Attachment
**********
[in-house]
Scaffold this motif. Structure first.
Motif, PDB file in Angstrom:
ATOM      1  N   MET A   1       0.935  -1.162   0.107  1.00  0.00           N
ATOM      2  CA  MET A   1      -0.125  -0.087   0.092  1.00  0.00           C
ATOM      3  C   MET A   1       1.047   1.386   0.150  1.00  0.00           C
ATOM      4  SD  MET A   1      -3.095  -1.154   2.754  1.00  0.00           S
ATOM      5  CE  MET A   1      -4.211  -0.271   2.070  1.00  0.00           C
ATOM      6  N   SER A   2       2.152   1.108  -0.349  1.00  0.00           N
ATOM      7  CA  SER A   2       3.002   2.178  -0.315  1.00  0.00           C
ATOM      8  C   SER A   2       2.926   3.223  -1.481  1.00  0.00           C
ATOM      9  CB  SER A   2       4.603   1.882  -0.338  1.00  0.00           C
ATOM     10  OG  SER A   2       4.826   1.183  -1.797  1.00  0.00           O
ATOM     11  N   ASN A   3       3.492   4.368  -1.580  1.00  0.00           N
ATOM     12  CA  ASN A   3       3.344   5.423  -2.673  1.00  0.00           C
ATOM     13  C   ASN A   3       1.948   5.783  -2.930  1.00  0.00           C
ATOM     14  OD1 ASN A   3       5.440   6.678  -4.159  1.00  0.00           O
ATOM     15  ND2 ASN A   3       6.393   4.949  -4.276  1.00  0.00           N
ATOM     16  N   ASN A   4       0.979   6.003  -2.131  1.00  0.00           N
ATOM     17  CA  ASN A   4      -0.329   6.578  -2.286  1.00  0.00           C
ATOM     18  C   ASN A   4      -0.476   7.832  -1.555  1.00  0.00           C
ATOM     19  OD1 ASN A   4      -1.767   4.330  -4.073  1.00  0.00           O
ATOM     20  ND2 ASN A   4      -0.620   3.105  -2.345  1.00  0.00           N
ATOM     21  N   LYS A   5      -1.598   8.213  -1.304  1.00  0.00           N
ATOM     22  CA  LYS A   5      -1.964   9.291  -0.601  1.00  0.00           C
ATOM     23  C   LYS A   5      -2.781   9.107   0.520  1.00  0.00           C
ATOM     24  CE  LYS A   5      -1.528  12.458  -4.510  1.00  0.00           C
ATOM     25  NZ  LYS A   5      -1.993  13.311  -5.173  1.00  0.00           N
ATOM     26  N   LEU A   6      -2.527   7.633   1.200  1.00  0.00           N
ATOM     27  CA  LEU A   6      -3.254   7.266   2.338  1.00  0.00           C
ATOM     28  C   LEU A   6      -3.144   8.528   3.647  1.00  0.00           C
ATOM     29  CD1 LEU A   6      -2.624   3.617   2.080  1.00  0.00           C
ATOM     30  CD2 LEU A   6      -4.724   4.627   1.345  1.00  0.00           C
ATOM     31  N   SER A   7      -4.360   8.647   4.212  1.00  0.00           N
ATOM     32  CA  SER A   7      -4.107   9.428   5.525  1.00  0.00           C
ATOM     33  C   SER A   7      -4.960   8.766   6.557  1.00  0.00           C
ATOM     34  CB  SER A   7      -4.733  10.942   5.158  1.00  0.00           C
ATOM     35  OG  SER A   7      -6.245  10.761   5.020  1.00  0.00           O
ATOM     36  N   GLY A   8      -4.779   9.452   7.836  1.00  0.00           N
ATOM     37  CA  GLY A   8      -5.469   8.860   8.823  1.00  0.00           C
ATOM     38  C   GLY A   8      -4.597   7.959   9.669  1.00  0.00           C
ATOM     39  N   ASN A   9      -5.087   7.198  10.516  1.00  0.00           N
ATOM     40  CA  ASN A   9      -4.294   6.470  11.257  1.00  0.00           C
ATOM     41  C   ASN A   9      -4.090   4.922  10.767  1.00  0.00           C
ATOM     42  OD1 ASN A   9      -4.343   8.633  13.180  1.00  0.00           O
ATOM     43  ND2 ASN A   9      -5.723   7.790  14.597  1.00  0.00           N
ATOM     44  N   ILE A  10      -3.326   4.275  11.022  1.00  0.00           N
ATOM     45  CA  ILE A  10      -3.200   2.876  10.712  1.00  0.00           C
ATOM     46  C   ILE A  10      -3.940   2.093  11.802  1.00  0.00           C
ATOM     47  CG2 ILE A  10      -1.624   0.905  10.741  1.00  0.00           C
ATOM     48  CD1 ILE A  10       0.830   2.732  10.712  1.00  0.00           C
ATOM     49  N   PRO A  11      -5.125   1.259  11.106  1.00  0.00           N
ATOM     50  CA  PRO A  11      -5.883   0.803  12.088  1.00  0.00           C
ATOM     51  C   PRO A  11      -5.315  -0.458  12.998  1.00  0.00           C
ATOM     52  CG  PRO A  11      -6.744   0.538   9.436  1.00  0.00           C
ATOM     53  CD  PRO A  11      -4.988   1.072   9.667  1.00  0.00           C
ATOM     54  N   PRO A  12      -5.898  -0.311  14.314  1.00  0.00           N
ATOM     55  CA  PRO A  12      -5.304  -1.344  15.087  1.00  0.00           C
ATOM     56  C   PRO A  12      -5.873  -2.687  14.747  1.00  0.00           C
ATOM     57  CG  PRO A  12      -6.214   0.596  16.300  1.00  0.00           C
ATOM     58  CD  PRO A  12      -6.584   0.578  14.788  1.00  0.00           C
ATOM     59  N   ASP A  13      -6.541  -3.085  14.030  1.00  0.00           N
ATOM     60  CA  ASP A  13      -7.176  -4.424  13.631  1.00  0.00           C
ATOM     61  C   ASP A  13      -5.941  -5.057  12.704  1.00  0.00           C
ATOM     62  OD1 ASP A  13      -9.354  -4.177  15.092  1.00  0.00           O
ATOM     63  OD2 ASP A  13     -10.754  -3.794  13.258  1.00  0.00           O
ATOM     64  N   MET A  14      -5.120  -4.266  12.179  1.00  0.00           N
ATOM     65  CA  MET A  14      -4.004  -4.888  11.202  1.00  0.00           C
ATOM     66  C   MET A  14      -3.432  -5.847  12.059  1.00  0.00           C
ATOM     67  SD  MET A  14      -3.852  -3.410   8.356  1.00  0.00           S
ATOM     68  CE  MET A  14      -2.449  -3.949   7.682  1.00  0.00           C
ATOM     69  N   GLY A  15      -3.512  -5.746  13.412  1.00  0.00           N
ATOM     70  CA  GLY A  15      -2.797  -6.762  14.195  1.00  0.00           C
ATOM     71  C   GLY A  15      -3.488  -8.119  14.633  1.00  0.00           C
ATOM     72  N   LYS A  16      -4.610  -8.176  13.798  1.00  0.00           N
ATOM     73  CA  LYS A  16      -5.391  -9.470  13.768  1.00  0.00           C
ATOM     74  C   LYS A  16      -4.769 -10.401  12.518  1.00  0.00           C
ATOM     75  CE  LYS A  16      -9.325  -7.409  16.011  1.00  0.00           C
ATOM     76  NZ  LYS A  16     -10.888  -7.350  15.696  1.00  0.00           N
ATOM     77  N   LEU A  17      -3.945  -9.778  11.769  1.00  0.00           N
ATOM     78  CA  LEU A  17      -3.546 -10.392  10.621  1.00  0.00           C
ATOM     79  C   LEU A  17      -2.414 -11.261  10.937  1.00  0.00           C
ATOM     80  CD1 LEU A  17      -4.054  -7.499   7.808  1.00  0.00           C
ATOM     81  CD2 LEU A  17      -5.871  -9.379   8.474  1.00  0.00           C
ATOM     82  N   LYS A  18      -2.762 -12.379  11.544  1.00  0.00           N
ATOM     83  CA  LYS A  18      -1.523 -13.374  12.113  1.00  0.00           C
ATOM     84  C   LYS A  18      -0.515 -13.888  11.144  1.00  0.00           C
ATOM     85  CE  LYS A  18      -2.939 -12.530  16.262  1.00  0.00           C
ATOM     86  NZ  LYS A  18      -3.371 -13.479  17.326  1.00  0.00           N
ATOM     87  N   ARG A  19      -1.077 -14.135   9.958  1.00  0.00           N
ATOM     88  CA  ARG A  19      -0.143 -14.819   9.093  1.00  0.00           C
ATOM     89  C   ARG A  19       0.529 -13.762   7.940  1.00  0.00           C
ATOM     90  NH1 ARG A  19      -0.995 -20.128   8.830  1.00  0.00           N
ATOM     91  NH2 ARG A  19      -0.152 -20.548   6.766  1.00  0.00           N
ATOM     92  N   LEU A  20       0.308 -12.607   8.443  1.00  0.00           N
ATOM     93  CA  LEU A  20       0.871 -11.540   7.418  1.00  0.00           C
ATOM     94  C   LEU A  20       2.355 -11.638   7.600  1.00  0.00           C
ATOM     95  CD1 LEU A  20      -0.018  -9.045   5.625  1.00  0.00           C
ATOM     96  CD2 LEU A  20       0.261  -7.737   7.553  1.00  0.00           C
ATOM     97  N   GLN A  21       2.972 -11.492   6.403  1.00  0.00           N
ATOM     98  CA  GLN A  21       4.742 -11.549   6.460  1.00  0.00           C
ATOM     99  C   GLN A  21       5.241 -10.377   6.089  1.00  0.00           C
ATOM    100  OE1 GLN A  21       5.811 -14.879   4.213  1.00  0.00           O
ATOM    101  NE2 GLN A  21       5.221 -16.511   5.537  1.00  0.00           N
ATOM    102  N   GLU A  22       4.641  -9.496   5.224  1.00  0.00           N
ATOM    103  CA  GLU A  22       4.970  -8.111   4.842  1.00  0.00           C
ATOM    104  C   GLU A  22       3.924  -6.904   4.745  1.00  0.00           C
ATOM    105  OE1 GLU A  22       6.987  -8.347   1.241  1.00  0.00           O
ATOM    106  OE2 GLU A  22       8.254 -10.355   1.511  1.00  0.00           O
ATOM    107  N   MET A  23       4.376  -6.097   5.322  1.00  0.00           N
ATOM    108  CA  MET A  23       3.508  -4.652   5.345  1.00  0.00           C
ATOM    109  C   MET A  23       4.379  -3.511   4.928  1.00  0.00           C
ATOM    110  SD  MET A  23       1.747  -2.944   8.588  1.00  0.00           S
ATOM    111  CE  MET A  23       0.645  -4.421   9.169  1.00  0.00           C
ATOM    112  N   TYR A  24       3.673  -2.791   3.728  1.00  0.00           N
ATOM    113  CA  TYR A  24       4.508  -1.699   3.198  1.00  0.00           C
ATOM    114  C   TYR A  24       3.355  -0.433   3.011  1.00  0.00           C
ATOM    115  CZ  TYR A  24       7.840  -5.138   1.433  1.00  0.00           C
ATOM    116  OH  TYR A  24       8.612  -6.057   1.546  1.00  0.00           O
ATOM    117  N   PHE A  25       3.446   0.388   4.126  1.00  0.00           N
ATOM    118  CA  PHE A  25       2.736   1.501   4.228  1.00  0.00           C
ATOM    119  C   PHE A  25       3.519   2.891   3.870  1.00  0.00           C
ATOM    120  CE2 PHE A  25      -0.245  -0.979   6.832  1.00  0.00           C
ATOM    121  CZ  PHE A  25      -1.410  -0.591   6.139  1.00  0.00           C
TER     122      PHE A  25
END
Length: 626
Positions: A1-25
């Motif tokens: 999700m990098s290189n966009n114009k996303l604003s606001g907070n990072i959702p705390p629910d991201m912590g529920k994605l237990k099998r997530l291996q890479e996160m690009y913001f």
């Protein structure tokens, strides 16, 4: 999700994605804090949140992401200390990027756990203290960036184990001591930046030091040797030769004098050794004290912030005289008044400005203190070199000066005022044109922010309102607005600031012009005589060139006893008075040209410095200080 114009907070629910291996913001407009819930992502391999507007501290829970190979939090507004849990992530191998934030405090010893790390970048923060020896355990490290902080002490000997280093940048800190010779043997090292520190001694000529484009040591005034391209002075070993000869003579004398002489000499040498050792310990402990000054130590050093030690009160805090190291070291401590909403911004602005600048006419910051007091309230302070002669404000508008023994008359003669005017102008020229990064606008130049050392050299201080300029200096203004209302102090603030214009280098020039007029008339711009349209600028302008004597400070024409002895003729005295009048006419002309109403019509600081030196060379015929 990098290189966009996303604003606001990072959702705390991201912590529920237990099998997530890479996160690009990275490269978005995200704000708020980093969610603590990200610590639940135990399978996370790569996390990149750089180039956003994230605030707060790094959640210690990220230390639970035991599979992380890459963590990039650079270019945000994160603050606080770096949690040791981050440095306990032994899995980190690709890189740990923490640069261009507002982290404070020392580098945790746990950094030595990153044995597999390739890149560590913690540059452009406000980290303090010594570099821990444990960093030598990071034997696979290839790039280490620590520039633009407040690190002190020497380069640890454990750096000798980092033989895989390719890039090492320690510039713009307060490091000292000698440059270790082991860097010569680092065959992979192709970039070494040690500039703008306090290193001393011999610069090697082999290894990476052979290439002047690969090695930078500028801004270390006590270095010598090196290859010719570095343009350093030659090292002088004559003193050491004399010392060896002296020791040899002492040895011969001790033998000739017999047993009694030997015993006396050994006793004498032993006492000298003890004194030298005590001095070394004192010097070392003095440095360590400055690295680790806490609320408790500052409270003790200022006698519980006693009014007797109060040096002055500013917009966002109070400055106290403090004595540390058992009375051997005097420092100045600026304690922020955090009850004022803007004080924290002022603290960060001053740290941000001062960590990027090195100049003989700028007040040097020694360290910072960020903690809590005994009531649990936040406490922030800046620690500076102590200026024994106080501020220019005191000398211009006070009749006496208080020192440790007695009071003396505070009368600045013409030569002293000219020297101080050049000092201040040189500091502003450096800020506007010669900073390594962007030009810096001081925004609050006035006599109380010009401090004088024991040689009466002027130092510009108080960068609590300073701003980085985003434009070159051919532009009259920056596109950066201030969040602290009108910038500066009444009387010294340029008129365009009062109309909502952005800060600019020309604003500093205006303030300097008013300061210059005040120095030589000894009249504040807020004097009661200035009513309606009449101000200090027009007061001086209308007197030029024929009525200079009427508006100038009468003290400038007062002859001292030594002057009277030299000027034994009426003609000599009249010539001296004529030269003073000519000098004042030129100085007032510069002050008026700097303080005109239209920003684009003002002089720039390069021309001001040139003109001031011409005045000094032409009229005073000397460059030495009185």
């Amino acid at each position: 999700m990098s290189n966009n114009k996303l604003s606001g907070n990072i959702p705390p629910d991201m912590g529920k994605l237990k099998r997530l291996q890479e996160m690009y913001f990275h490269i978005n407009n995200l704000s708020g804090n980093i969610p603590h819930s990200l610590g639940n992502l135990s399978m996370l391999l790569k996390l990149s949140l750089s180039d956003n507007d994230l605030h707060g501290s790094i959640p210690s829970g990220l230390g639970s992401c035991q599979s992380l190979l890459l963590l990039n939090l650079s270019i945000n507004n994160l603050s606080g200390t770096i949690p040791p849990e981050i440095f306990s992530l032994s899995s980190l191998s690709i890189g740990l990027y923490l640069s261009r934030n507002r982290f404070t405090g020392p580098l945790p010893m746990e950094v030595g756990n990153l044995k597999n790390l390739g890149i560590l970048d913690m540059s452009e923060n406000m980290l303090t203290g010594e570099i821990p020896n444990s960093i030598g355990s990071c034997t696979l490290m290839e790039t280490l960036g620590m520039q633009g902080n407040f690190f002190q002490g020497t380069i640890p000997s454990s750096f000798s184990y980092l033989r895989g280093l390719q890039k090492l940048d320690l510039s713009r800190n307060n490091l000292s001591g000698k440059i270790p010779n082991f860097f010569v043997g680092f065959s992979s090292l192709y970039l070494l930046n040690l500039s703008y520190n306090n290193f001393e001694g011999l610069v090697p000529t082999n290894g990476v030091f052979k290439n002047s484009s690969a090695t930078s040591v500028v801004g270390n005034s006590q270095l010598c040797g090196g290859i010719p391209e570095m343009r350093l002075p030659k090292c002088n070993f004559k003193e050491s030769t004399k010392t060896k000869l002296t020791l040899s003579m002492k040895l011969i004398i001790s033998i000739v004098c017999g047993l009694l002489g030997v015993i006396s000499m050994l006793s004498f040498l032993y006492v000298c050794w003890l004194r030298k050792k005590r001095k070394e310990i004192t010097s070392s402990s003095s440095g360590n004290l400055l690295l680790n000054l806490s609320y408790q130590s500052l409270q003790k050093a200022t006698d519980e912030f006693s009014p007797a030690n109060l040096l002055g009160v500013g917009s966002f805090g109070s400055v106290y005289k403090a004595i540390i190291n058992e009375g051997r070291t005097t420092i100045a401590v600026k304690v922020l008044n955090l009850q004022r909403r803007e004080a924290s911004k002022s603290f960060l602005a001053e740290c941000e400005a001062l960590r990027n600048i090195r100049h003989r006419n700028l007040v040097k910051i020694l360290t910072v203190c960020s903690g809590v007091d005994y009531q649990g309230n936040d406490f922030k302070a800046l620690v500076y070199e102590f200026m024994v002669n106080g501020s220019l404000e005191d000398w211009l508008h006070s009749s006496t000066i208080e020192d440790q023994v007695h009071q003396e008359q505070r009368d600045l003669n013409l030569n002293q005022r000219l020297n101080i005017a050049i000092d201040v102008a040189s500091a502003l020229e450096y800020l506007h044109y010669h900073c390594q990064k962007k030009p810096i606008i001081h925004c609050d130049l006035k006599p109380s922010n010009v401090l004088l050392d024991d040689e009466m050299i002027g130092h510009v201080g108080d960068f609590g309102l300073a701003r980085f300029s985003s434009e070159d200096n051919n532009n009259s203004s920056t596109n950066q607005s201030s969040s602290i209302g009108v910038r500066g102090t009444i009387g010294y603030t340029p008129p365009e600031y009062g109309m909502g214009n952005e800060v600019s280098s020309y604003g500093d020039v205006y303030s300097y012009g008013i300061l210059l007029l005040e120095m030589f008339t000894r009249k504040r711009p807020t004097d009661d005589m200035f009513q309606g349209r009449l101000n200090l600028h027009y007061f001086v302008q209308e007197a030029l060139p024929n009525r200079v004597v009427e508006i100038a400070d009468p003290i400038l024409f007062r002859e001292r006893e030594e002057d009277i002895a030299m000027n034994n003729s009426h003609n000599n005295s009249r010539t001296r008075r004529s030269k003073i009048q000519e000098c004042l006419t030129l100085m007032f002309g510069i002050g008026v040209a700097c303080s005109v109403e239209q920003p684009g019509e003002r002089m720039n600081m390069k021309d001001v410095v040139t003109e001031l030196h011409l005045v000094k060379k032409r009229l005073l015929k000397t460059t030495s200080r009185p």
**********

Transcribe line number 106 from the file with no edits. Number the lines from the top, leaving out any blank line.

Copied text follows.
ATOM    103  CA  GLU A  22       4.970  -8.111   4.842  1.00  0.00           C